New research based upon animal and human cell culture studies, shows that Melatonin, a widely used naturally occurring hormone, reverses the formation of a protein complex that is a hallmark of Alzheimer’s disease. The study appears in the December 11, 2001 issue of the journal, Biochemistry.
“Our results clearly demonstrate the ability of melatonin to inhibit the process of forming the ‘signature’ amyloid protein bundles seen in Alzheimer’s disease (AD),” said Dr. Miguel Pappolla of the USA Medical Center and the University of South Alabama.
In AD, toxic fibrillar masses of amyloid beta protein are the pathologic landmark of the disease. “What is equally intriguing is that persons with AD also show remarkably lower concentrations of melatonin in their brains,” Pappolla said.
According to the study, melatonin was added to solutions containing the building blocks of the abnormal brain amyloid fibrils, along with human apoE an additional protein associated with AD.
Melatonin inhibited the formation of amyloid beta, which is toxic to nerve cells. Because melatonin has antioxidant actions, its inhibitory effects were compared to other antioxidants like vitamins C, E, and a synthetic antioxidant. All were without effect. Additionally, a naturally occurring brain chemical very similar to melatonin was evaluated and it, too, lacked inhibitory activity.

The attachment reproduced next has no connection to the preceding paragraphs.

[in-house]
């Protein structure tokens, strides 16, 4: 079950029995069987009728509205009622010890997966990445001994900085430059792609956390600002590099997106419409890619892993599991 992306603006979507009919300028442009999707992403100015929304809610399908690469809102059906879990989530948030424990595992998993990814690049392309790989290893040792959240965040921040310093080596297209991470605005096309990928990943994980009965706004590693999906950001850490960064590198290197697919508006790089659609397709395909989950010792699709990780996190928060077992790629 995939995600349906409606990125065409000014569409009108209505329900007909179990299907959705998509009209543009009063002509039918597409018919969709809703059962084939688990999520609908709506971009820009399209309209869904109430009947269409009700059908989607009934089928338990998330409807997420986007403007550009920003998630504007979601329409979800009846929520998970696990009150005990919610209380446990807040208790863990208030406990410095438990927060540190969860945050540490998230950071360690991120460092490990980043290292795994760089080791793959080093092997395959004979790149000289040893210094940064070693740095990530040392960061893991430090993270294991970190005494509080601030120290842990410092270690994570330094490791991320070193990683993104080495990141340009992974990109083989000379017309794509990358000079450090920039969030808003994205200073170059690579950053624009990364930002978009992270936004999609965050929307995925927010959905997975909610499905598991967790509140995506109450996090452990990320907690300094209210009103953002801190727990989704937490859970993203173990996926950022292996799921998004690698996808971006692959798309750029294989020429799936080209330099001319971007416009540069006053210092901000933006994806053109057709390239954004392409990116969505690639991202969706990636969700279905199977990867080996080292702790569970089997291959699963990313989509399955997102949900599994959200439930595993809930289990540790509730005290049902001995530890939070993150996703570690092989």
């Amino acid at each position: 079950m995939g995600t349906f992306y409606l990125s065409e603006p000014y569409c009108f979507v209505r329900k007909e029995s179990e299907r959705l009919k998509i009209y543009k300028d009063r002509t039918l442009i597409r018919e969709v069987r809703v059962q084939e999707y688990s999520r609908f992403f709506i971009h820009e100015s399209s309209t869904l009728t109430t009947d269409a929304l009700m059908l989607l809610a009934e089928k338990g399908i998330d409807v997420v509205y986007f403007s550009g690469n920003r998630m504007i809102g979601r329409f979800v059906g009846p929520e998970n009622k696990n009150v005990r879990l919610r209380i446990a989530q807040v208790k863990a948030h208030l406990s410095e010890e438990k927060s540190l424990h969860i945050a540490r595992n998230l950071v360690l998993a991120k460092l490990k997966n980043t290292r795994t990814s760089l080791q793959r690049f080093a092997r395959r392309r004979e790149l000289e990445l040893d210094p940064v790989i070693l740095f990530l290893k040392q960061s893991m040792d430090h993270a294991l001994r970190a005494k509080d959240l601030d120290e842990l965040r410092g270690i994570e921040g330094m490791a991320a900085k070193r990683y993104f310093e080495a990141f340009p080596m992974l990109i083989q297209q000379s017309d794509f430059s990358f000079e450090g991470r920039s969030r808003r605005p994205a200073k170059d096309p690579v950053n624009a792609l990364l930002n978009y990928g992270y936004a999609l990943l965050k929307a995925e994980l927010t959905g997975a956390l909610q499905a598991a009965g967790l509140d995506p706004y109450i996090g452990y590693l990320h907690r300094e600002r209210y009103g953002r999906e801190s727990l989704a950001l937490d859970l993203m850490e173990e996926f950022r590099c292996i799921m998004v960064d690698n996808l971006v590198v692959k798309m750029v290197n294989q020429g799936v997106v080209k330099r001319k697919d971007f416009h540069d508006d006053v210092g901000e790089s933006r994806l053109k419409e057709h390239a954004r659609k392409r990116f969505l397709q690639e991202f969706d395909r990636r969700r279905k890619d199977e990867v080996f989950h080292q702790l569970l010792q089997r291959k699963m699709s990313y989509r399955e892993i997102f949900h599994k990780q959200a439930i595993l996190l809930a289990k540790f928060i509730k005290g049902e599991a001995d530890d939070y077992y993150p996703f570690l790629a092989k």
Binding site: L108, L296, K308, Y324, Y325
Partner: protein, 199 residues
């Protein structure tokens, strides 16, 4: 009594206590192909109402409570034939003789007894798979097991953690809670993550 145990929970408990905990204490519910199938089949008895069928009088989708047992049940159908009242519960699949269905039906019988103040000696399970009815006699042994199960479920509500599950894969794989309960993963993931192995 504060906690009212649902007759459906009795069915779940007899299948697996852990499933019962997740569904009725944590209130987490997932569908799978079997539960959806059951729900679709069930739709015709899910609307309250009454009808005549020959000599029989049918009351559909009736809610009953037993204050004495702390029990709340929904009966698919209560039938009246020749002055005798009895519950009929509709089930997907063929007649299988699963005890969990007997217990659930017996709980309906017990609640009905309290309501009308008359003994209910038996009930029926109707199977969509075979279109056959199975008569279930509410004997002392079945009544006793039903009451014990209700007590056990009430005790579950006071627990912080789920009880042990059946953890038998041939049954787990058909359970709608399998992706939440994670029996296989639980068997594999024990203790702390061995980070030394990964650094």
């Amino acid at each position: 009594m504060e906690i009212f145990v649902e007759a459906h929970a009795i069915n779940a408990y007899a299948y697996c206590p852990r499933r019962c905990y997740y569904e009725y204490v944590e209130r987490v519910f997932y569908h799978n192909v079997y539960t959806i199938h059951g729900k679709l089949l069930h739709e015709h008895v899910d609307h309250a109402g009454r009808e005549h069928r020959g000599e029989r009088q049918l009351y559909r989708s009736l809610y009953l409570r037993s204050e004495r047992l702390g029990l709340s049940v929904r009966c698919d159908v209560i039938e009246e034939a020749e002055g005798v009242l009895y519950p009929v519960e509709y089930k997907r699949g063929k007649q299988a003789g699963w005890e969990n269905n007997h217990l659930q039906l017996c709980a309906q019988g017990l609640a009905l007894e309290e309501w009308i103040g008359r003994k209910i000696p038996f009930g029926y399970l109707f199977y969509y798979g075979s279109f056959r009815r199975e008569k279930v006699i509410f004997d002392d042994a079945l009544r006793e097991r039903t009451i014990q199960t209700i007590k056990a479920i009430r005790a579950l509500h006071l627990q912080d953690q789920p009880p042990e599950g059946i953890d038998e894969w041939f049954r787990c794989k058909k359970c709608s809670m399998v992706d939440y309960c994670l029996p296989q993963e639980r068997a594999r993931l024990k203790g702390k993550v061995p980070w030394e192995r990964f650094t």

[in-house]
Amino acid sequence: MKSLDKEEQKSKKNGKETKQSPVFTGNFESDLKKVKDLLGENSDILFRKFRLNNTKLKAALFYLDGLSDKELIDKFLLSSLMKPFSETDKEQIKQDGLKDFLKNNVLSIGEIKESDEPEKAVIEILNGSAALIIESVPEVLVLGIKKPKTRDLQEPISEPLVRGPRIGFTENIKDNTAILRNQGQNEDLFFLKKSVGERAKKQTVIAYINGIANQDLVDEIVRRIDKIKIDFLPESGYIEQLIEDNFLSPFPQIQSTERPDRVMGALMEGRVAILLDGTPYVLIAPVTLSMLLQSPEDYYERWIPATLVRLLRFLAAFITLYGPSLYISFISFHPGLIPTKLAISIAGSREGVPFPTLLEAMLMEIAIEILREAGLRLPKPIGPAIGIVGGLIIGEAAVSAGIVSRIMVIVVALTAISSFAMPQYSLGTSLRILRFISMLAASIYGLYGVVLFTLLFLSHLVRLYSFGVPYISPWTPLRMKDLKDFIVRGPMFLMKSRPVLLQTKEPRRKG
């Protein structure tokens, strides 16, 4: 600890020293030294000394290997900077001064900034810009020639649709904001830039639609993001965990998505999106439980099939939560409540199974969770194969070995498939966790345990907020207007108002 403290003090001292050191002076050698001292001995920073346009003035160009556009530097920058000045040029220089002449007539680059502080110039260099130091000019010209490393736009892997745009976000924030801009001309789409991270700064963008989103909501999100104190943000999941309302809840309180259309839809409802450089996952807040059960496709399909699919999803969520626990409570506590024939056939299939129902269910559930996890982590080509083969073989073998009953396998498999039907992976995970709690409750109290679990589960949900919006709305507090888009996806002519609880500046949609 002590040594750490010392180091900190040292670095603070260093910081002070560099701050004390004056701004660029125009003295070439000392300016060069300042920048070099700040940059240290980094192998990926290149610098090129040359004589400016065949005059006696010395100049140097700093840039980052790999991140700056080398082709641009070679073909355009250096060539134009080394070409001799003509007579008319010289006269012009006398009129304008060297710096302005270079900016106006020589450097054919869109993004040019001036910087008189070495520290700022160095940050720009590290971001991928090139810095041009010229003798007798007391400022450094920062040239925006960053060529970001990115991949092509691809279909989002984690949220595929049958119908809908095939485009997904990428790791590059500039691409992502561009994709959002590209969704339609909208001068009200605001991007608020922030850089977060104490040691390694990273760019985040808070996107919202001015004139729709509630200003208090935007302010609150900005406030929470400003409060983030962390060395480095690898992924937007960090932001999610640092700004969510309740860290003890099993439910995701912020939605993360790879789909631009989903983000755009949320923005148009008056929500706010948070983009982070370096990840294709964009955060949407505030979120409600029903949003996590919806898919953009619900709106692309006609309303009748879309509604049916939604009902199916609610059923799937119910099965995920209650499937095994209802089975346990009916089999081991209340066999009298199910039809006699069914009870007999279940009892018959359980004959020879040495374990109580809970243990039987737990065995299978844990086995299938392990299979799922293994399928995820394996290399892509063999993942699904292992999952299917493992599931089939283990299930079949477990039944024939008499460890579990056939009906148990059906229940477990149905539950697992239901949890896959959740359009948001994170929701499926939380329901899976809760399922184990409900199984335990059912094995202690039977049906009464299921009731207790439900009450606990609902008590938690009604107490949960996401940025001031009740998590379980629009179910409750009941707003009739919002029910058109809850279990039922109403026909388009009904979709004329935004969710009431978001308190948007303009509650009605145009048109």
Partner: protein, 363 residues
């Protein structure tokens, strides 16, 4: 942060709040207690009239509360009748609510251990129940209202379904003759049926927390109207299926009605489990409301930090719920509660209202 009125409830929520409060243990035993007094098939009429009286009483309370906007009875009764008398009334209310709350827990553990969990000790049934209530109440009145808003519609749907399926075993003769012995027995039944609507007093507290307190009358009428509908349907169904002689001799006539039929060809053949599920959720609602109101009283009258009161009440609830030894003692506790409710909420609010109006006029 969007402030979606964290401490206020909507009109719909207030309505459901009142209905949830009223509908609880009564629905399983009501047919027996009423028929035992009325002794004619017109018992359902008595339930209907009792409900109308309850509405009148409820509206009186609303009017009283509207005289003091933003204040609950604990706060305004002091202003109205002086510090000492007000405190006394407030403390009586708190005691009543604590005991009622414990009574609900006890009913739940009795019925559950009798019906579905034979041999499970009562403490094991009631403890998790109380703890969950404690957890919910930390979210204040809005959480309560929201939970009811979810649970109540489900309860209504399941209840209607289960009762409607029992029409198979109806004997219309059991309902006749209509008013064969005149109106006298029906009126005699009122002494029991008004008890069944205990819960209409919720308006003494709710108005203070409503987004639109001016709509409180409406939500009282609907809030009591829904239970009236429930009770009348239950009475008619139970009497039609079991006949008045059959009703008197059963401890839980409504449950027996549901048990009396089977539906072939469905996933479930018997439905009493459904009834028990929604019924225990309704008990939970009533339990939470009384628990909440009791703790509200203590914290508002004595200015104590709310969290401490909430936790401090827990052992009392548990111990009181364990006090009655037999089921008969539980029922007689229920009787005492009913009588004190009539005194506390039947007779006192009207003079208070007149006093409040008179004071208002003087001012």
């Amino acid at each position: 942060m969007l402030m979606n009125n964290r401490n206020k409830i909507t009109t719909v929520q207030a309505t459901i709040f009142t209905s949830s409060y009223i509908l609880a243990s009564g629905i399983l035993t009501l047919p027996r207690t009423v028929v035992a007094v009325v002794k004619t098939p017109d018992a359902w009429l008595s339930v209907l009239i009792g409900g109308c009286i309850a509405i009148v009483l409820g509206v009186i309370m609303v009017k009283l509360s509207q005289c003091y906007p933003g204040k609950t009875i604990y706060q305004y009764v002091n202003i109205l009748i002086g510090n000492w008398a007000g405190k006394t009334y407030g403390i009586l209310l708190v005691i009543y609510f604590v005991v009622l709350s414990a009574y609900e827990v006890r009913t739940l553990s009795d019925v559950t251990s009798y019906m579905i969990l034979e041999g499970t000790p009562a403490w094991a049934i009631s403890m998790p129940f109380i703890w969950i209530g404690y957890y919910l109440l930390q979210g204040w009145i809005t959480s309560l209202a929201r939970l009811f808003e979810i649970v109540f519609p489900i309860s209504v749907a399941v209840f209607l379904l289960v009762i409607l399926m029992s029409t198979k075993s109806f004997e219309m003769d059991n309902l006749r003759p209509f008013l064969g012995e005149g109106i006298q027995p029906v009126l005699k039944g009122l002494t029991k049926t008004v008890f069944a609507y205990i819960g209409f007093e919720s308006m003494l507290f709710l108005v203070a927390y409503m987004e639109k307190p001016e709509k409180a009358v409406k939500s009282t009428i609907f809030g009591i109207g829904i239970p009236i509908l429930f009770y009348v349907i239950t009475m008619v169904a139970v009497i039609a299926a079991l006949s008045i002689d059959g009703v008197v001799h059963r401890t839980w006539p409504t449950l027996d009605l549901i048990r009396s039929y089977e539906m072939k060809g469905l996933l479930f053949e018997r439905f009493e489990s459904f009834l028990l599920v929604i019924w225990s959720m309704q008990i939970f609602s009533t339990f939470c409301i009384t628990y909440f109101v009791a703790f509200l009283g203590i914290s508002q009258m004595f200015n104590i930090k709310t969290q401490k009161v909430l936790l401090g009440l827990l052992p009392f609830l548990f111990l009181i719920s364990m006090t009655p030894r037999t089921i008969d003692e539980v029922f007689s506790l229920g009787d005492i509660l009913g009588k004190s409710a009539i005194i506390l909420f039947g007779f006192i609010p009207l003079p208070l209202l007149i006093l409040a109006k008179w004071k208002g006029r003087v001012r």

“This activity attributed to the ‘indole’ structure of melatonin appears to be specific,” added Dr. Pappolla. “We also observed melatonin completely preventing neurotoxicity to human nerve cells exposed to amyloid Beta.”
“These exciting findings, however, mandate much more research before we can convincingly state melatonin can halt or prevent Alzheimer’s disease,” he concluded.
“The use of dietary supplements to promote brain function is an exciting aspect of the growing field of nutritional neuroscience,” noted Dr. Jeffrey Blumberg, Professor of Nutrition at Tufts University and Scientific Advisory Board member to the Dietary Supplement Education Alliance(TM), “and these findings from basic research suggest practical applications may not be too far away.”